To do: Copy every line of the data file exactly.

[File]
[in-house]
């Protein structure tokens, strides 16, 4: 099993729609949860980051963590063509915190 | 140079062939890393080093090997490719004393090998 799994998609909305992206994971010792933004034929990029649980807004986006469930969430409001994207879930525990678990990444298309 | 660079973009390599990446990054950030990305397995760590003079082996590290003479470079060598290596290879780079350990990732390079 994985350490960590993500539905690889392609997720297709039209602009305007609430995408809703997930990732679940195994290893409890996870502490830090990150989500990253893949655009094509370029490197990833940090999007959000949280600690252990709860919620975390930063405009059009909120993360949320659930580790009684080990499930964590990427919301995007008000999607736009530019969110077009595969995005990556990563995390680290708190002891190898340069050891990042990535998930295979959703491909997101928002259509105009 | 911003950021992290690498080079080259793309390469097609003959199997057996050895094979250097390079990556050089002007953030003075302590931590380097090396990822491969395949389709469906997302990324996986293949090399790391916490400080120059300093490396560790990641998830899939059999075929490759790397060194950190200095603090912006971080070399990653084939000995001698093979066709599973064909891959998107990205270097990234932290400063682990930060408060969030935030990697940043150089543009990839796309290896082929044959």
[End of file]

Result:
[in-house]
């Protein structure tokens, strides 16, 4: 099993729609949860980051963590063509915190 | 140079062939890393080093090997490719004393090998 799994998609909305992206994971010792933004034929990029649980807004986006469930969430409001994207879930525990678990990444298309 | 660079973009390599990446990054950030990305397995760590003079082996590290003479470079060598290596290879780079350990990732390079 994985350490960590993500539905690889392609997720297709039209602009305007609430995408809703997930990732679940195994290893409890996870502490830090990150989500990253893949655009094509370029490197990833940090999007959000949280600690252990709860919620975390930063405009059009909120993360949320659930580790009684080990499930964590990427919301995007008000999607736009530019969110077009595969995005990556990563995390680290708190002891190898340069050891990042990535998930295979959703491909997101928002259509105009 | 911003950021992290690498080079080259793309390469097609003959199997057996050895094979250097390079990556050089002007953030003075302590931590380097090396990822491969395949389709469906997302990324996986293949090399790391916490400080120059300093490396560790990641998830899939059999075929490759790397060194950190200095603090912006971080070399990653084939000995001698093979066709599973064909891959998107990205270097990234932290400063682990930060408060969030935030990697940043150089543009990839796309290896082929044959």